First, the operational requirement:  Marc’s version offers no backup battery capability since Marc personally uses the ratchet drive backup system to extend the gear in case of an electrical failure.  Jack sells his EZNoseLift systems with the option of the mechanical ratchet drive backup -OR- a small 1.2A backup battery that will lower the gear sans ship’s power if the electrical system fails.  Hmmm….  Since I have the backup battery, this was not a good thing in regards to my system.

Next, as for the integration into my build?  Marc’s version requires a 3PDT switch to control the gear up & down. My already terminated and installed throttle-mounted SPDT nose gear switch is in the “done” column and is perfect for driving Jack’s EZNoseLift system. Moreover, since this is an F-15 throttle handle, how this rare switch is mounted and its metal hat switch form factor make it very difficult to just pull, plug and replace with another switch.  Moreover, I really have to say that I love my throttle handle just the way I’ve now configured it!  On the pic of my throttle handle below you can see (mid-side handle) the stepped-hat nose gear up/down switch.

Also, one thing was clear as I stared down this road of integrating the new parts of Marc’s upgraded system while keeping the best part of Jack’s current system, and that was I really needed to truly understand and have comprehensive knowledge of how both these systems worked.  To be honest, with so many versions of Jack’s system out there, I wasn’t even sure what my switch panel looked like!  I went down to the shop and snapped a pic of the switch panel face . . .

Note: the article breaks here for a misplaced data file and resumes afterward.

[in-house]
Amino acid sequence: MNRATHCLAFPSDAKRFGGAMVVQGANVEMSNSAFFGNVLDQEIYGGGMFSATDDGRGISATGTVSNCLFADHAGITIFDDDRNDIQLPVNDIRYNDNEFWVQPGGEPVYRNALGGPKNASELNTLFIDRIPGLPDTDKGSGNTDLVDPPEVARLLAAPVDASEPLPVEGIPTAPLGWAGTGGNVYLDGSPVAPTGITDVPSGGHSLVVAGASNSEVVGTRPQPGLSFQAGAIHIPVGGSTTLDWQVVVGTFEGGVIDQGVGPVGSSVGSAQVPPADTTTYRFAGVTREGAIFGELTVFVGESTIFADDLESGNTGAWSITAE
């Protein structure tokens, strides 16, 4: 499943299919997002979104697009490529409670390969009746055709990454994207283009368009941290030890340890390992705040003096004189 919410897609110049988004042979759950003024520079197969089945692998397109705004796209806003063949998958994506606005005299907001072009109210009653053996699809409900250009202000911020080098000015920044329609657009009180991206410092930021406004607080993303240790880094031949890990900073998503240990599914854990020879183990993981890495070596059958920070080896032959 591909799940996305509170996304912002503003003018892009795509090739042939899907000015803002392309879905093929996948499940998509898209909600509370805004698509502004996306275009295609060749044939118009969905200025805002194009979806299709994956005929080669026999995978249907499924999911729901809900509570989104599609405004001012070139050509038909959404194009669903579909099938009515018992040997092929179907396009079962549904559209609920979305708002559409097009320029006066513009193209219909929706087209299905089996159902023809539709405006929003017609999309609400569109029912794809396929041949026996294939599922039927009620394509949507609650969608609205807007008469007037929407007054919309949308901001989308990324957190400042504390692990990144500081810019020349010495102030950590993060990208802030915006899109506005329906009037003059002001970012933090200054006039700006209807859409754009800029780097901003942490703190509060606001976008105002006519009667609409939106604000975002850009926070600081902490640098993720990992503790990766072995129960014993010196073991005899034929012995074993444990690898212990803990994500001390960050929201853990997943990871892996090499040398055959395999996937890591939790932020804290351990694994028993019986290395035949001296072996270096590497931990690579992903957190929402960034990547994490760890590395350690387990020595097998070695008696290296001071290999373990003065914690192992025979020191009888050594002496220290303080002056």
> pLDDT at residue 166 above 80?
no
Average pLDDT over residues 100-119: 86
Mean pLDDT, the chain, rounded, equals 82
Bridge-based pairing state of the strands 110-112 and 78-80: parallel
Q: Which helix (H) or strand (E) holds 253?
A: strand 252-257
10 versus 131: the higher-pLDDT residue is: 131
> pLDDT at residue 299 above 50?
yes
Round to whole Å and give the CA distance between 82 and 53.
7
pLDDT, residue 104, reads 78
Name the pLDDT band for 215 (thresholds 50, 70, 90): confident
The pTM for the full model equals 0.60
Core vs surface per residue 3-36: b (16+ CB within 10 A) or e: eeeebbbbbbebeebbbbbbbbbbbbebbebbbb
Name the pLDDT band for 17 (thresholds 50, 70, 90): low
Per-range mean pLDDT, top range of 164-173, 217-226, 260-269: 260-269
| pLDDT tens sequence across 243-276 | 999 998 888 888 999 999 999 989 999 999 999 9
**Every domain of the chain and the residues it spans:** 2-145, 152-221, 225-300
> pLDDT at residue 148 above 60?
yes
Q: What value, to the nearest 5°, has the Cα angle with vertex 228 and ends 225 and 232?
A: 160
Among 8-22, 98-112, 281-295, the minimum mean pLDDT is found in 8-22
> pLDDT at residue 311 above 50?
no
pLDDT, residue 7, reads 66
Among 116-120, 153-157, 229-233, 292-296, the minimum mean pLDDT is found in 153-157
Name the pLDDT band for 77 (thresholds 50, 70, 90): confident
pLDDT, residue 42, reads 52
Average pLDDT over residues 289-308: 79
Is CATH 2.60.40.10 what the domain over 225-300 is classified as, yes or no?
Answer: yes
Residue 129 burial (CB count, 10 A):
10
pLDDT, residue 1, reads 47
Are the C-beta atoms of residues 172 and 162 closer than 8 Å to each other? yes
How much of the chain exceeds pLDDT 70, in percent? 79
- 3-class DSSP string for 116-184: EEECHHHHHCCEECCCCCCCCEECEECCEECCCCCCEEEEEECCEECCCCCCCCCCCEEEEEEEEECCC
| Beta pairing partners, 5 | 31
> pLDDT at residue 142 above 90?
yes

. . .  and the actual wiring of the switches on the backside of the panel in order to identify the correct switches and wiring circuits.

After pondering my gear switch issue for about a day, out of the blue I had a Eureka moment: Duh! just swap out Marc’s required 3PDT switch with a 3PDT relay… right? Problem solved.  Uh, but wait a minute sports fans.  With this being a CANARD gear switch, a problem is presented in simply swapping a switch out with a relay since there’s that pesky “-OFF-” position on our gear switch that doesn’t translate over to a “middle position” between N.O. and N.C. on a relay.  Obviously, on canards we don’t simply use a binary, all-the-way up or down gear position (except for TOs/landings), but use the gear switch to position the nose in a myriad of heights off the ground when parked. Thus, my requirement was to be able to hit the nose gear up/down position, have it run up/down for a few seconds and then move the switch to the “OFF” position to stop the gear from moving any forward.  Again, with most aircraft you simply have an up or down gear position, but we Canardians apparently like to be eccentric! 

I was at the juncture of simply knowing that I wanted to replace Marc’s required 3PDT switch with a relay that I could then subsequently control with my throttle mounted SPDT switch. But how?  Not smart enough in the ways of electrons, I posted my dilemma onto the AeroElectric Connection forum.  Within an hour Charlie England started off his response with a question that gave me my answer: “How about 2 separate 3 pole relays?” Yes, one relay would control up and the other down.  When my throttle-mounted switch was in the middle OFF position, neither relay would be powered on to do any action so the system would be “at rest” . . . or OFF.  I had found my middle position!

[Just as a point of note, since Marc’s 3PDT switch positions were wired to create 2-N.C. states and 1-N.O. state in the up position, and opposite in the down position, it allowed me in the end to only need one DPDT relay and one SPDT relay to replace the 3PDT switch.]